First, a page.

Ice buckets and paint suits: How heat and cooling both aid performance

Why training hot and racing cool is a major gain for riders at Tour Down Under and beyond.

Ronan Mc Laughlin
by Ronan Mc Laughlin 26.01.2024 Photography by
Ronan Mc Laughlin
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We all know the perils of overheating and its detrimental effect on performance. The benefits of planned, intentional and careful overheating in training and pre-cooling strategies in competition are less well-known, though, and could be as beneficial to performance as overheating is problematic.

Equally, though, staying cooler for longer in races could be the difference between competing for the win and merely struggling through at best. Extreme temperatures are usually a given at the Tour Down Under, and with every team now acutely aware of the impact of heat on performance, more and more teams and riders are including heat training in preparation for events and various different cooling strategies on race day.

Coinciding with this week’s episode of Performance Process – which delves deep into the topic of heat and how it can be both a powerful, free, and accessible training intervention and a major problem – we take a closer look at what teams are doing to beat the heat on the ground.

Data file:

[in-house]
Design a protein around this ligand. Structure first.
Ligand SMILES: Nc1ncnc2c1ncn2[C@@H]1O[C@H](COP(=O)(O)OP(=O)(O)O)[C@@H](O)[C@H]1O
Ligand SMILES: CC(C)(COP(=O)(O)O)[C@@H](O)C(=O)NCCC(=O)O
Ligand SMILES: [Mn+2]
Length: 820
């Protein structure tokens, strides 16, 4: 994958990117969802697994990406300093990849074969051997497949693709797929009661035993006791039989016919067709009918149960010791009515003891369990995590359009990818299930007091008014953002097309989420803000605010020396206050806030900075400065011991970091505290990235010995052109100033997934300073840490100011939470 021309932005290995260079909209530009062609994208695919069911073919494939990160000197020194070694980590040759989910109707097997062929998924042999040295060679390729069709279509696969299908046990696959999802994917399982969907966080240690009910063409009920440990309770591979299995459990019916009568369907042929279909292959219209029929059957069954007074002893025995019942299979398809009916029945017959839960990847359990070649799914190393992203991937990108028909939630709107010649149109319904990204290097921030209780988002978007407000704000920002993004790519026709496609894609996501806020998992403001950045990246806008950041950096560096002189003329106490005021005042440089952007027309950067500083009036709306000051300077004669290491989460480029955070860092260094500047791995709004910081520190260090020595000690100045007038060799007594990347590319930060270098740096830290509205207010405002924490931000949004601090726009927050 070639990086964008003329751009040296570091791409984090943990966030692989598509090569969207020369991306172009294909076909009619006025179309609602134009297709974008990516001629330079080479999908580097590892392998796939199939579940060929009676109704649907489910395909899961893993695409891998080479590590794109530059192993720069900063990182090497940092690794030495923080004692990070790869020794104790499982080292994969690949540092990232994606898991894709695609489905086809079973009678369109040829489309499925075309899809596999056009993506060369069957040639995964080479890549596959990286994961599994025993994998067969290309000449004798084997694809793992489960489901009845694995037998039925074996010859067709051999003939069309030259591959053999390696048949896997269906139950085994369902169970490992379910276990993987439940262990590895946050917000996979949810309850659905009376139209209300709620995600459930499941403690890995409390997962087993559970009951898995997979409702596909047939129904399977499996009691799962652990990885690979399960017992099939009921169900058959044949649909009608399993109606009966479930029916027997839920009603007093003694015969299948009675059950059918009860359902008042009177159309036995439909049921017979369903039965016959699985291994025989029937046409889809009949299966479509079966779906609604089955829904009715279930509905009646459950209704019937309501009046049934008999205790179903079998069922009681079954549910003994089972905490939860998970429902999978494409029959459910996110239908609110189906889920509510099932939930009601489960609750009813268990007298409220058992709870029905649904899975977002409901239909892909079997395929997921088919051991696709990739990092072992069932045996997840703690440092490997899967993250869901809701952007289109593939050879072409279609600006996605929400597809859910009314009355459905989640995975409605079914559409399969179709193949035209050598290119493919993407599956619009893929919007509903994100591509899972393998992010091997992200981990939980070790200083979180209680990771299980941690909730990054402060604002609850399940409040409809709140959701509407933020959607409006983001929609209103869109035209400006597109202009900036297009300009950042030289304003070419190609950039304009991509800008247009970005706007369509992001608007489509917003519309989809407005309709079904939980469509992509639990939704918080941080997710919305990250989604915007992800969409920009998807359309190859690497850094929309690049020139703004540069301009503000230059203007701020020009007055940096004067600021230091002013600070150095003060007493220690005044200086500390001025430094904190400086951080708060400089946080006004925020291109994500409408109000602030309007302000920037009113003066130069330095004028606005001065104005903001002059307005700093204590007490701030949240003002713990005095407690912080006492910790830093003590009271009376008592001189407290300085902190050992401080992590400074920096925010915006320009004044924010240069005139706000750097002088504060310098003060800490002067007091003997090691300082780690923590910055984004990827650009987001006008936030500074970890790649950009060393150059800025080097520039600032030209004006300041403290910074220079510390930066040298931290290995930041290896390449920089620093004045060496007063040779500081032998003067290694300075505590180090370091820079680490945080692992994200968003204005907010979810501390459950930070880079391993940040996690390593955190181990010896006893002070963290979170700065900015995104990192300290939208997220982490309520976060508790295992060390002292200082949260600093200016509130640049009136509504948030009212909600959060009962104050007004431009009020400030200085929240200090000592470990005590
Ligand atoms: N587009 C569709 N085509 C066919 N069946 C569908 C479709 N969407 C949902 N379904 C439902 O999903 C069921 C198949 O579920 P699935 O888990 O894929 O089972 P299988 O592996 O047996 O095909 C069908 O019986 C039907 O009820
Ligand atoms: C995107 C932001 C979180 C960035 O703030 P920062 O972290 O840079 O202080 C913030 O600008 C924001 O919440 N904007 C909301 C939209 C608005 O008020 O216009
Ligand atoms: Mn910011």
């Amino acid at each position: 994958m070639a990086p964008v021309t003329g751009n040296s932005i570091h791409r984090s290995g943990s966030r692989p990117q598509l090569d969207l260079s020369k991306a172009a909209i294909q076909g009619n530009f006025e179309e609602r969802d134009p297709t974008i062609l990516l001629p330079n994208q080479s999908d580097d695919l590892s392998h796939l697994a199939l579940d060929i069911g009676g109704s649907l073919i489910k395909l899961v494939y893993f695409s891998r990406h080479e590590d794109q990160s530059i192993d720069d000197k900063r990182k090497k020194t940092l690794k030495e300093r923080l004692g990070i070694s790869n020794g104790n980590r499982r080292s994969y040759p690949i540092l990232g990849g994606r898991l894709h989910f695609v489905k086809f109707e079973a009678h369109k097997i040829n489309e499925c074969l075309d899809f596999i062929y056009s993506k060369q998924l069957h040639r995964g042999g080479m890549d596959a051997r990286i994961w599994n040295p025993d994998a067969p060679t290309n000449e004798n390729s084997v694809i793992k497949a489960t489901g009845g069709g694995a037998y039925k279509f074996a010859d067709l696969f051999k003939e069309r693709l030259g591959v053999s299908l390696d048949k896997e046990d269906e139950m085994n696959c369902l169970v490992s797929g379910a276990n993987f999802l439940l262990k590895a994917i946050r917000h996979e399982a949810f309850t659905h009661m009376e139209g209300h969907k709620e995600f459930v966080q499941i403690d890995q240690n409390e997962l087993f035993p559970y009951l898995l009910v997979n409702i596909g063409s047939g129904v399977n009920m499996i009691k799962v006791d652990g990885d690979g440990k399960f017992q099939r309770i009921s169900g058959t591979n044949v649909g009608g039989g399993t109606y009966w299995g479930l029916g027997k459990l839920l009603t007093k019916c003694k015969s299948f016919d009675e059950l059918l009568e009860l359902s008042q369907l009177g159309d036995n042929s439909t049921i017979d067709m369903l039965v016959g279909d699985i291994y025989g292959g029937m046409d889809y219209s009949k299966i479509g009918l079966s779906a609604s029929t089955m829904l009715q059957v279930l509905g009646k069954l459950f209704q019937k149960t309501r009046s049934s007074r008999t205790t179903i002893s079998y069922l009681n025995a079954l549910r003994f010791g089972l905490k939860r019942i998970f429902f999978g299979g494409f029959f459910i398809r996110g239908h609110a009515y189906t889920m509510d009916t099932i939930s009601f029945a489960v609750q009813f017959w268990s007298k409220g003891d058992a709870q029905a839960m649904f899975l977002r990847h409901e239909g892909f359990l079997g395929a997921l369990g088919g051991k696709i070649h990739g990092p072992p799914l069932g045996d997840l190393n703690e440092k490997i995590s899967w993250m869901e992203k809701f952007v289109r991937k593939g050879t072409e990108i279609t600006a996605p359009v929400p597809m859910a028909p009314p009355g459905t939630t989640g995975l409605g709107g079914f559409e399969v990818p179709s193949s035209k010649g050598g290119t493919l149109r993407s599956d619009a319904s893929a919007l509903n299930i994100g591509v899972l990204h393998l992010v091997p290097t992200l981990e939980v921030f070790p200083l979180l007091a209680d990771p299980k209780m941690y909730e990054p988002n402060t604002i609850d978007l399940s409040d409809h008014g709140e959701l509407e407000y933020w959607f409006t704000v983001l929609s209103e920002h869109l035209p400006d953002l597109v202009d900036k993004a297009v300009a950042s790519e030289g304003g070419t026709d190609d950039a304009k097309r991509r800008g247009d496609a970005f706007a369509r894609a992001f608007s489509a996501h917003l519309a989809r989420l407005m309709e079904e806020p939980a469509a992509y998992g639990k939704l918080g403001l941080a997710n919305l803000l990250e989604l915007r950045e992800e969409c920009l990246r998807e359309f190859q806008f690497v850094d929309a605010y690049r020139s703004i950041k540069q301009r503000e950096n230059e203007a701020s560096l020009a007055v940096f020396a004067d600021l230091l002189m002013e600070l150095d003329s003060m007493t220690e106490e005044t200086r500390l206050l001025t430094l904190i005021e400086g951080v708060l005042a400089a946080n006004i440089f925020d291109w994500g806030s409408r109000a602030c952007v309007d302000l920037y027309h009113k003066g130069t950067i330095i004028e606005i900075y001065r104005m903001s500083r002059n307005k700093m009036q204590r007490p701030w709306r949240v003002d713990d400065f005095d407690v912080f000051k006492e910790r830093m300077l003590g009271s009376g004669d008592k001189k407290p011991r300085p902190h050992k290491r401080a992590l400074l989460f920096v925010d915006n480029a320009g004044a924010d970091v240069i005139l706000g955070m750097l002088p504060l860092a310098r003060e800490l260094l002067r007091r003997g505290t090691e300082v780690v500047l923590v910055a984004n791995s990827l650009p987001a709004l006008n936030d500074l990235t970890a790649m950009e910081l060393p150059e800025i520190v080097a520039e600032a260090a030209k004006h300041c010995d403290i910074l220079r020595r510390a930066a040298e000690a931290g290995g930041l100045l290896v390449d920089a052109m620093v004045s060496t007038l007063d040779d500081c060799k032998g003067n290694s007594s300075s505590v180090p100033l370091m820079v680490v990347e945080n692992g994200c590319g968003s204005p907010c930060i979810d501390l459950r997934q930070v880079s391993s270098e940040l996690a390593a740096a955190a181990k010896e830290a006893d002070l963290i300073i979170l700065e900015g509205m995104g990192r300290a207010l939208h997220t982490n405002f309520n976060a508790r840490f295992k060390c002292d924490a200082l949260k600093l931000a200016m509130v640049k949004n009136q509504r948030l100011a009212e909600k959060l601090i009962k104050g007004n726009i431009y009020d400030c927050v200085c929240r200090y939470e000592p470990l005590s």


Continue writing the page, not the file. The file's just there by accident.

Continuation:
In the podcast, we speak to Chris Bloomfield-Brown, a performance engineer for most of his life, in everything motorsport to pro bike racing and with plenty of work in triathlon along the way. Chris is perhaps best known in the WorldTour peloton for his work in recent years with CORE, the company behind those small rectangular white sensors attached to almost every heart rate strap in the peloton.

We talk to Chris about all things heat training, cooling, and better warm-ups and dissect some of the adaption, acclimatisation, strain, and other terminology with regard to heat. But first, a closer look at the pre-cooling strategies on the ground at the Tour Down Under.

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